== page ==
Dizzee Rascal – Tongue ‘N’ Cheek Review

Here, as promised, is the Threefold review of Dizzee Rascal’s hotly anticipated fourth album, Tongue ‘N’ Cheek. Released yesterday to a tumult of 4 star reviews, it looks set to be Dylan’s biggest album to date; a collection of radio-friendly tunes, spanning genre, producer and style.

In a firm departure from his previous albums, Tongue ‘N’ Cheek is, like a lot of pop music these days, to be taken at face value. It’s a collection of throwaway observations and dance beats that, at times, appears so blatantly flippant that it’s like Dizzee is just taking the piss. His well-meaning, but ultimately hollow social commentary acts as mere reference points for sycophantic review columnists who lap it up like doddering managers at a ‘blue-sky thinking’ conference.

Anyone familiar with his music previous to Bonkers or Dance With Me, will recognise that Dizzee’s sharp observational skills and lyrical intensity are largely absent from this piece. Instead, Tongue N Cheek seems to be centred on celebrating Dizzee’s celebrity rogue status; a self-applied slap on the back for making it this far. Which, given the potted history of successful Black British musicians, is a fair one.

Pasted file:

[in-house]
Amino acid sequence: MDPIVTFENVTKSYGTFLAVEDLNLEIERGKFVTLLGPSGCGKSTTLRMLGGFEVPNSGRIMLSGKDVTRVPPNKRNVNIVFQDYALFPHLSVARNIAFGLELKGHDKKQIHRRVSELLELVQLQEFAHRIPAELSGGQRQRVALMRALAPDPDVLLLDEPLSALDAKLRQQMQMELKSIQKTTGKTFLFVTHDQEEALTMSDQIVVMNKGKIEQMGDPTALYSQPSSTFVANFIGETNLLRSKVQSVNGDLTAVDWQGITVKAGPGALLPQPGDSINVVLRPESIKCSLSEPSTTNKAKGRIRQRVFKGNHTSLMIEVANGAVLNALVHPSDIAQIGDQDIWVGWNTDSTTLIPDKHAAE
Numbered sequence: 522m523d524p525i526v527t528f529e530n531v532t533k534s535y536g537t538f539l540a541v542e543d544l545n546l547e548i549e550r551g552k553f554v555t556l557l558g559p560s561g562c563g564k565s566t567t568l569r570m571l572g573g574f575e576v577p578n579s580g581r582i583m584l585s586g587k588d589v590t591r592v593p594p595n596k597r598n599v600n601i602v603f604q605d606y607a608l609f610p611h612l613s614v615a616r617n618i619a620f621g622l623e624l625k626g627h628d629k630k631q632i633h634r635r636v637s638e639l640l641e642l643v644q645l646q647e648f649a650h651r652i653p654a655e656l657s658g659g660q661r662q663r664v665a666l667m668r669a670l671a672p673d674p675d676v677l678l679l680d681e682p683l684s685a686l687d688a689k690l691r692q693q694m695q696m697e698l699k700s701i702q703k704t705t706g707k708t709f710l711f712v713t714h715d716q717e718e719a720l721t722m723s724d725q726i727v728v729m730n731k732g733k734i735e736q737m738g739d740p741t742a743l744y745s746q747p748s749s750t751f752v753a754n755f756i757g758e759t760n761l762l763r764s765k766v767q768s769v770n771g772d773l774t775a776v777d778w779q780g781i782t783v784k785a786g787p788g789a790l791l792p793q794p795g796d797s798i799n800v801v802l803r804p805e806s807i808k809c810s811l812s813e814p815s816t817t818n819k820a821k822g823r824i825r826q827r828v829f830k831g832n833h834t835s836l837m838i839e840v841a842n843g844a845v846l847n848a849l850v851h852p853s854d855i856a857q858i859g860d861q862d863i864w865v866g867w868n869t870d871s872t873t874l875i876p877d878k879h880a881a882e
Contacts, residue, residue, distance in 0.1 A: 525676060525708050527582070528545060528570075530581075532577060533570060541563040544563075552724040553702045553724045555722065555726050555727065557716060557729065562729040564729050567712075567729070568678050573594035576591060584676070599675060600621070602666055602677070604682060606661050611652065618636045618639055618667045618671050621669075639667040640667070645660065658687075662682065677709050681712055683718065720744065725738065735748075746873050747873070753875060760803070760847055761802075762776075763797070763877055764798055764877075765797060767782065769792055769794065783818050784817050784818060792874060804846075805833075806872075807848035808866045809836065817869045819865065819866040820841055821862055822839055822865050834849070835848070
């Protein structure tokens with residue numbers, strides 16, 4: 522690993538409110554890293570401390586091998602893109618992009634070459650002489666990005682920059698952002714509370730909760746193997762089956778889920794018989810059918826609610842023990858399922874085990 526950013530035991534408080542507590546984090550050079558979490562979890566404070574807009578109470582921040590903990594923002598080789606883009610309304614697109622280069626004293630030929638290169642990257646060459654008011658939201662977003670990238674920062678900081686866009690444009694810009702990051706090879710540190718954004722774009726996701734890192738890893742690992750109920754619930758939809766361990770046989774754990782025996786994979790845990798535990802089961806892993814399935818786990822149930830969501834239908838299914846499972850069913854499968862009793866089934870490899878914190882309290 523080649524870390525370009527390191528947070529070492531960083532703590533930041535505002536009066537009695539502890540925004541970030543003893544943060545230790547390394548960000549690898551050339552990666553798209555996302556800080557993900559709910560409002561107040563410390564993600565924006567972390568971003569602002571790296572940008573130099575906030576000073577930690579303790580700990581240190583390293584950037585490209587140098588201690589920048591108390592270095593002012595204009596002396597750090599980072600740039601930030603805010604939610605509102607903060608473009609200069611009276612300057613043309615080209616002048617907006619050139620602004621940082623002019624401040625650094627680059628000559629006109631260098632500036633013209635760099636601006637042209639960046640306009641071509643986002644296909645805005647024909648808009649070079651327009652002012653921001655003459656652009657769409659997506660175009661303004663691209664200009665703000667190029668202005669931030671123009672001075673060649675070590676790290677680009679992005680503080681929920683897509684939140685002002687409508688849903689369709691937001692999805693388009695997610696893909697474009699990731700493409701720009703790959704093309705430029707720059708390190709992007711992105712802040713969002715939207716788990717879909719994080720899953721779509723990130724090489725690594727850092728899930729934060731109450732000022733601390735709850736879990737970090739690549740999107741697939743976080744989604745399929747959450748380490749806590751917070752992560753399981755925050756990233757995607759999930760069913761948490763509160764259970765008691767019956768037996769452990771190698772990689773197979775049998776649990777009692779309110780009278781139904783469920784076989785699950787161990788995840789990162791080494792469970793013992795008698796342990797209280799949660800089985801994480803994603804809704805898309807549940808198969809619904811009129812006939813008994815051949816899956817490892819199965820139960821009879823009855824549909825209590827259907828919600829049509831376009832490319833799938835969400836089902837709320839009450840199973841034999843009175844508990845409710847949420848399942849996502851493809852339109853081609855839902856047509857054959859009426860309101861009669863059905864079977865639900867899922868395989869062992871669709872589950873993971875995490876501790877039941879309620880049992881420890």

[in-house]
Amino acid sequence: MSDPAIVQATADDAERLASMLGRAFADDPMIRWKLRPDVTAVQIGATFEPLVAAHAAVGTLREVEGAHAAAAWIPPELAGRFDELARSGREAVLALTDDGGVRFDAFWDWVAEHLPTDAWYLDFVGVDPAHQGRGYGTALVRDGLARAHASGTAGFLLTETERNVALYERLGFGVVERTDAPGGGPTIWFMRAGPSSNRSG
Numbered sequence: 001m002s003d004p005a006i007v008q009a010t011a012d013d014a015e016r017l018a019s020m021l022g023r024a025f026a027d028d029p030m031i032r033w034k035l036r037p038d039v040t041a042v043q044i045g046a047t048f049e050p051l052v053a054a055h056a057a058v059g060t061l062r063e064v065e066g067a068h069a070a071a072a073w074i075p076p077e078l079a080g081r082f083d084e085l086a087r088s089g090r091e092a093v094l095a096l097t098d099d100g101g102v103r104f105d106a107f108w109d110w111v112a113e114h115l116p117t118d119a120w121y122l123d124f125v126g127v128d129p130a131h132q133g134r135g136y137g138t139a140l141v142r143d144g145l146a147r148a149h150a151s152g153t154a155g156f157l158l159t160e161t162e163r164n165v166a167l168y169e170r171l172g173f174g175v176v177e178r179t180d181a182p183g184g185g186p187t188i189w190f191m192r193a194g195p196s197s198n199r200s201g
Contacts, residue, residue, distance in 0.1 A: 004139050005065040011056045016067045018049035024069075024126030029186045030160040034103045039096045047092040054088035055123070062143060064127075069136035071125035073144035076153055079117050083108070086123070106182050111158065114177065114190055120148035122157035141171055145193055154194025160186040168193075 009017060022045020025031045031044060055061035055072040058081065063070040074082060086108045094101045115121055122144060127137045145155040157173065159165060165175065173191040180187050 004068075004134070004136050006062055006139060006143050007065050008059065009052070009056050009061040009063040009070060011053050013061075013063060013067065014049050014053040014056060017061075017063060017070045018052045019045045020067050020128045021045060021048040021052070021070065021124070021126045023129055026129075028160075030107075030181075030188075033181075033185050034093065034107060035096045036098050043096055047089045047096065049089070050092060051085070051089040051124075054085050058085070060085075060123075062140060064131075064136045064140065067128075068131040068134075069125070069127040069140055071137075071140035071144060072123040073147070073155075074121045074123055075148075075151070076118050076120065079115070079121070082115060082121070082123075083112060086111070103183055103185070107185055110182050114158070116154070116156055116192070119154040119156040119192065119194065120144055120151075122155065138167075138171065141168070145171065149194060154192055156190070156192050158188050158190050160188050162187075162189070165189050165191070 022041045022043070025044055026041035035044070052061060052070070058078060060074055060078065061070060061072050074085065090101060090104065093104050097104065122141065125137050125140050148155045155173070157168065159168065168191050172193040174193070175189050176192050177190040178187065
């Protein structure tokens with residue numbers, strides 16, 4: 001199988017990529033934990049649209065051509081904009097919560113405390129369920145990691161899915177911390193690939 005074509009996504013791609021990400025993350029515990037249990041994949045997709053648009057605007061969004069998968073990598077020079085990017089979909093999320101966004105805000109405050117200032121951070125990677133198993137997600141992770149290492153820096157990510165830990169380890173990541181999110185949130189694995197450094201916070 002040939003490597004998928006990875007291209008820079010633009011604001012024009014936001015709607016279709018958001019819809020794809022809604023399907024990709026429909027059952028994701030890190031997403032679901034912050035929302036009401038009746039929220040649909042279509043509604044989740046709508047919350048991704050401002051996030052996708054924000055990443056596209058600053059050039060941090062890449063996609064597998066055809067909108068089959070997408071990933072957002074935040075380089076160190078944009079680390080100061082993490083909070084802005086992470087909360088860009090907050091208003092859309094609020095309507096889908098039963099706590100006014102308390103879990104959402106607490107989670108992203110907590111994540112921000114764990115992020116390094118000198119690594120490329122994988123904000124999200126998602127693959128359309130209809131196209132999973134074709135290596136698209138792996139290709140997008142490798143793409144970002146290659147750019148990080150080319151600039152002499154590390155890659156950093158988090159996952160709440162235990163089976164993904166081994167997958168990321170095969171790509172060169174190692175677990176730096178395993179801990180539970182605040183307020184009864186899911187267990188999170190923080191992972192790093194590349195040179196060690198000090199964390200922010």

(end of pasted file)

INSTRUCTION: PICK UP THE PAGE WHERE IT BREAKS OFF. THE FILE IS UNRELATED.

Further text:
Comprised of 11 tracks, the album is short, sweet and careful not to overstay its welcome. With one of the most divisive, if not distinctive voices in rap, this is an astute way of opening Dizzee up to new fans and markets. Opening and closing with number one singles Bonkers and Holiday, its commercial intent couldn’t be clearer.

Ultimately, Grime fans will be disappointed with this album and should consider it Dizzee’s adieu to the scene. After all, this colourful and rambunctious expedition into chart territory is already paying off in single sales and column inches. A return to Grime will not only be undesirable, but impossible.


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